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Arizona couple out thousands of dollars after theft at Pueblo hotel

PUEBLO, Colo. (KRDO) -- Ronald and Rochelle Siepkin were staying overnight at the La Quinta hotel on North Elizabeth St in Pueblo on Christmas eve morning. Inside their car was an estimated $15,000 worth of money, clothes and a concealed car handgun with ammo.

"It made me feel like I won't stay in Pueblo again," Ronald Siepkin said. "I had a concealed carry for a glock nine millimeter pistol and there was ammo that was taken."

They were traveling from Iowa to Arizona. Pueblo was the halfway point on their journey home to Scottsdale, Arizona. At about 4 a.m. Friday, an individual staying at the La Quinta hotel reported a white SUV had all four doors open in a parking lot behind the hotel.

As a Pueblo Police officer arrived on scene, the Siepkins realized every belonging they had in their car was gone. Everything, from golf clothes to designer earrings, was stolen from their car.

Pueblo Police are concerned with the concealed carry that was stolen from the vehicle. Many violent crimes in Pueblo are committed with stolen weapons.

"We are really concerned because a firearm could be used to really hurt some other people," Sergeant Frank Ortega said. "Most of the time when we come across firearms they are stolen. Criminals, that's why they break into cars for the most part, is to steal things to sell, and to use guns in furtherance of other crimes."

The Siepkins had to travel the next 12 hours of their journey home with just the clothes on their backs.

"You'll never be able to replace those items. We've been shopping for the last two days. I mean because we arrived in Scottsdale with what we were wearing on the road and absolutely everything has to be replaced," Rochelle Siepkin said.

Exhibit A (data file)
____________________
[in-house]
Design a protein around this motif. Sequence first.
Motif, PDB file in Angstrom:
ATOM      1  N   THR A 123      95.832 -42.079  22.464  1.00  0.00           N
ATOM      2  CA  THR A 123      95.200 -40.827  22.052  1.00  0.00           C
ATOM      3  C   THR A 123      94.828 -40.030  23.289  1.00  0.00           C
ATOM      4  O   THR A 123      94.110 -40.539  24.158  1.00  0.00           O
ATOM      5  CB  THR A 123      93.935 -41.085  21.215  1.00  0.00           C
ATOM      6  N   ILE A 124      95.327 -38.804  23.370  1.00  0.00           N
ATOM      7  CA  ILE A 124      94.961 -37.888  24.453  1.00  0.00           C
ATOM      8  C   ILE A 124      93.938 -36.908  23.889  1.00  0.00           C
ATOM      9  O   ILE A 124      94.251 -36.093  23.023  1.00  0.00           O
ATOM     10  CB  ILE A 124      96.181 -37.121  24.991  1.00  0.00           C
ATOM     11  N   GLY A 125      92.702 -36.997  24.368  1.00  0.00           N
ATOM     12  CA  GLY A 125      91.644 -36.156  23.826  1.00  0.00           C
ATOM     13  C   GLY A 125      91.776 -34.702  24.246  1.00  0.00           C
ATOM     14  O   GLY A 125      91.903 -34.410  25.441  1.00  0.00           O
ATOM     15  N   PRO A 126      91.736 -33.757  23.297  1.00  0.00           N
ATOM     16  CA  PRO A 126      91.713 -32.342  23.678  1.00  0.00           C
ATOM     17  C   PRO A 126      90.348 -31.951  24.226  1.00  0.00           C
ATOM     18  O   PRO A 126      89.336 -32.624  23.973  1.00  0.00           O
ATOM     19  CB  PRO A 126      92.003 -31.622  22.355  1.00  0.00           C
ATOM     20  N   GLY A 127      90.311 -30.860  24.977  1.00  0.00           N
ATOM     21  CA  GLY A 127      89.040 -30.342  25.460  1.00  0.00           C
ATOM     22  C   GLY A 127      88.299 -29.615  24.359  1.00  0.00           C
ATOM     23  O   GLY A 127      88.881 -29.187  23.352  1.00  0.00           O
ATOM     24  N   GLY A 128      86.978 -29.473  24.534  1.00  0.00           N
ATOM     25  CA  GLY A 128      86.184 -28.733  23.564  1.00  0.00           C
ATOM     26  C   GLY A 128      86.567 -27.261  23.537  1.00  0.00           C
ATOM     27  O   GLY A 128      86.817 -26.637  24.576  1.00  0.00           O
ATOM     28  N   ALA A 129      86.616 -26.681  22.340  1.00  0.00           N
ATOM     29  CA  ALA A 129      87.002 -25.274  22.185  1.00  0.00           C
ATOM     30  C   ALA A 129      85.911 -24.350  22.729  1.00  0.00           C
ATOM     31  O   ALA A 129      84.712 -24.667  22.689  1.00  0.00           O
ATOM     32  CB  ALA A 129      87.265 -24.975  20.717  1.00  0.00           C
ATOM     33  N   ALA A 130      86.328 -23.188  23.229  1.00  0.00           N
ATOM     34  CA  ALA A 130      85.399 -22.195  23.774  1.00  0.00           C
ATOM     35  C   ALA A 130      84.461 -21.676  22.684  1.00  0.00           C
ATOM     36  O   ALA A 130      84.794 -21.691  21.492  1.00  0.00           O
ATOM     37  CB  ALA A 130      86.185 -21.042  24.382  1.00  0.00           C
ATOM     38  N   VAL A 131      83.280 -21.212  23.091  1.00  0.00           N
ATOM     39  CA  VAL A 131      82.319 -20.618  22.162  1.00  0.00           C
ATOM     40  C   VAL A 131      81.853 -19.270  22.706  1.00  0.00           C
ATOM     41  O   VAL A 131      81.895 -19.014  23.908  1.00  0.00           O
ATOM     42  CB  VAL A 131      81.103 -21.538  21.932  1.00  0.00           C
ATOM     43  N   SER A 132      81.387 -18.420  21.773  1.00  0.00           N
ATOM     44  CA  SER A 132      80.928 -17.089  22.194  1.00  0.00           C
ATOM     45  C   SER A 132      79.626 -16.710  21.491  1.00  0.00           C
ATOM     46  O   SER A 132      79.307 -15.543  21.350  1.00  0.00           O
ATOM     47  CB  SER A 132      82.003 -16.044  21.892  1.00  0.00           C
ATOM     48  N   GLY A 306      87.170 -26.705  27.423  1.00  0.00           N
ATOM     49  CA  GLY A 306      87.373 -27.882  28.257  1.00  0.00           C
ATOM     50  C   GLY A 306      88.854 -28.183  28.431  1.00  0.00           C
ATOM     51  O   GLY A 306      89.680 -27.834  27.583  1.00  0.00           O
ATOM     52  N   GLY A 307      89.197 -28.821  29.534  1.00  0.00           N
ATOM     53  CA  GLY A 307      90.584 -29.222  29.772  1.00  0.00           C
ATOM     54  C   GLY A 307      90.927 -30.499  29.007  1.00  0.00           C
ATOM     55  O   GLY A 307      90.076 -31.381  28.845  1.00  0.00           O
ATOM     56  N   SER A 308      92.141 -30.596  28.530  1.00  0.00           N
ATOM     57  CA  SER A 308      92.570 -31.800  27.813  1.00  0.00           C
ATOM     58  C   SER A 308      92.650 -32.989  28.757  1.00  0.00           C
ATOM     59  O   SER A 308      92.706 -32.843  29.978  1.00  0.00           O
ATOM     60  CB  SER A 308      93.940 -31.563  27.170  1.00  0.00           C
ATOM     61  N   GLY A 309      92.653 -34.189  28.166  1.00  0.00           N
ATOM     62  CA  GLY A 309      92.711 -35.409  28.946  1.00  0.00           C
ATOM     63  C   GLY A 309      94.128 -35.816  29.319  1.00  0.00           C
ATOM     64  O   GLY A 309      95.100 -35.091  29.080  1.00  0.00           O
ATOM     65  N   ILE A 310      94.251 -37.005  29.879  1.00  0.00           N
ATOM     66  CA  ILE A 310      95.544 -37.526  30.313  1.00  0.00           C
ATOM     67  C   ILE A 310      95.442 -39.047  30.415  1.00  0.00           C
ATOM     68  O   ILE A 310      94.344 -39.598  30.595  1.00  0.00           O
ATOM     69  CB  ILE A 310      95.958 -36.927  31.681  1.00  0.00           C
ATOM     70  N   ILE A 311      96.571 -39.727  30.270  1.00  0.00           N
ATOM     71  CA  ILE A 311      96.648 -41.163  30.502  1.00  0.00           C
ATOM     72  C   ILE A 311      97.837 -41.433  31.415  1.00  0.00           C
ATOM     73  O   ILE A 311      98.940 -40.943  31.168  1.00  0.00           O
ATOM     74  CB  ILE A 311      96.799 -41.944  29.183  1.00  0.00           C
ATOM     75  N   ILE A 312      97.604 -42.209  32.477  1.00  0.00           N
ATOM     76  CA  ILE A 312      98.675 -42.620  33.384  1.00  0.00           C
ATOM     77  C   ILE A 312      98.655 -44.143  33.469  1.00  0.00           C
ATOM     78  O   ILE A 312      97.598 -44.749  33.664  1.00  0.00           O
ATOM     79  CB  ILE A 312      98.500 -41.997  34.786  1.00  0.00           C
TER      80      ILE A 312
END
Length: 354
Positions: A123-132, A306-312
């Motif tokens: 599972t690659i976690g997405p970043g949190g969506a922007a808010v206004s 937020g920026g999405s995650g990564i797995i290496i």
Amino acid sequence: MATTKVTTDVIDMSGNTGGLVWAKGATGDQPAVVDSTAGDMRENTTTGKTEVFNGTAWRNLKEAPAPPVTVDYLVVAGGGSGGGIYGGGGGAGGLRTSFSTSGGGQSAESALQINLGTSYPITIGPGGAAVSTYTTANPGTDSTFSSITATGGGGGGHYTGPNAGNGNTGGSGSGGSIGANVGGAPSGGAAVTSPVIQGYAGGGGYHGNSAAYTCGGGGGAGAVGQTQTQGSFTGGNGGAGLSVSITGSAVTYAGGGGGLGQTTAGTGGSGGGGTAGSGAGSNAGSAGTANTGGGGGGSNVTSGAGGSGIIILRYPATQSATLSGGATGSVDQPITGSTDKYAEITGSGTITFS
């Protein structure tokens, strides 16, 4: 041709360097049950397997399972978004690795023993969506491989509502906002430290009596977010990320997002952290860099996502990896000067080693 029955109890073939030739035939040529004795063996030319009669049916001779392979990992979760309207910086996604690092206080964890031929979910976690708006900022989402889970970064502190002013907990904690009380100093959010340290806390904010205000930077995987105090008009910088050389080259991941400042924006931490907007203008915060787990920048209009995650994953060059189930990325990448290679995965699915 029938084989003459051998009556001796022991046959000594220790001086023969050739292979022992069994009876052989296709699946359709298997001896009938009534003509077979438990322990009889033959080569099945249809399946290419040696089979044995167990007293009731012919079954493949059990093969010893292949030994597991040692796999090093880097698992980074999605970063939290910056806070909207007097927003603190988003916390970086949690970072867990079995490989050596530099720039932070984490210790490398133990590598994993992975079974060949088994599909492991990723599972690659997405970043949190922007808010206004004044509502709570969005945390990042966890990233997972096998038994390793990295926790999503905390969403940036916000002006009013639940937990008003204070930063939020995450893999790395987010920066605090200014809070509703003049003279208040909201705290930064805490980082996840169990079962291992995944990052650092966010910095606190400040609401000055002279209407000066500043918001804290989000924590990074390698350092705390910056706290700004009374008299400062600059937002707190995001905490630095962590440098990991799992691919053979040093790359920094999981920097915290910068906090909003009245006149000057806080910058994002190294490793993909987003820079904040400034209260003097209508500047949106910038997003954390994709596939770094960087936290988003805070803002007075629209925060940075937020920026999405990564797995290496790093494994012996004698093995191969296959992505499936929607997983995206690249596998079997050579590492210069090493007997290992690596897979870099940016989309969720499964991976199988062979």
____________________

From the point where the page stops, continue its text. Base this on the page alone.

Pueblo Police told KRDO they do have any suspects or leads on the thefts. A manager at the La Quinta hotel said they do not currently have security cameras on the property or in-person security that monitors the premises.

"There are some hotels that have enhanced measures to ensure the safety and security of the people staying at those hotels and there are some that are lacking," Ortega said.

For the Siepkins, the theft ruined part of their Christmas. Not just because of the monetary value of the items stolen, but the meaning behind them as well.

"Somebody ended up with a lot of nice stuff because we had Christmas presents for my sister and her husband. We had present for each other, and you know there were clothes that still had the tags on them," Rochelle Seipkin said.

Article Topic Follows: Crime
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Sean Rice

Sean is reporter with the 13 Investigates team. Learn more about him here.

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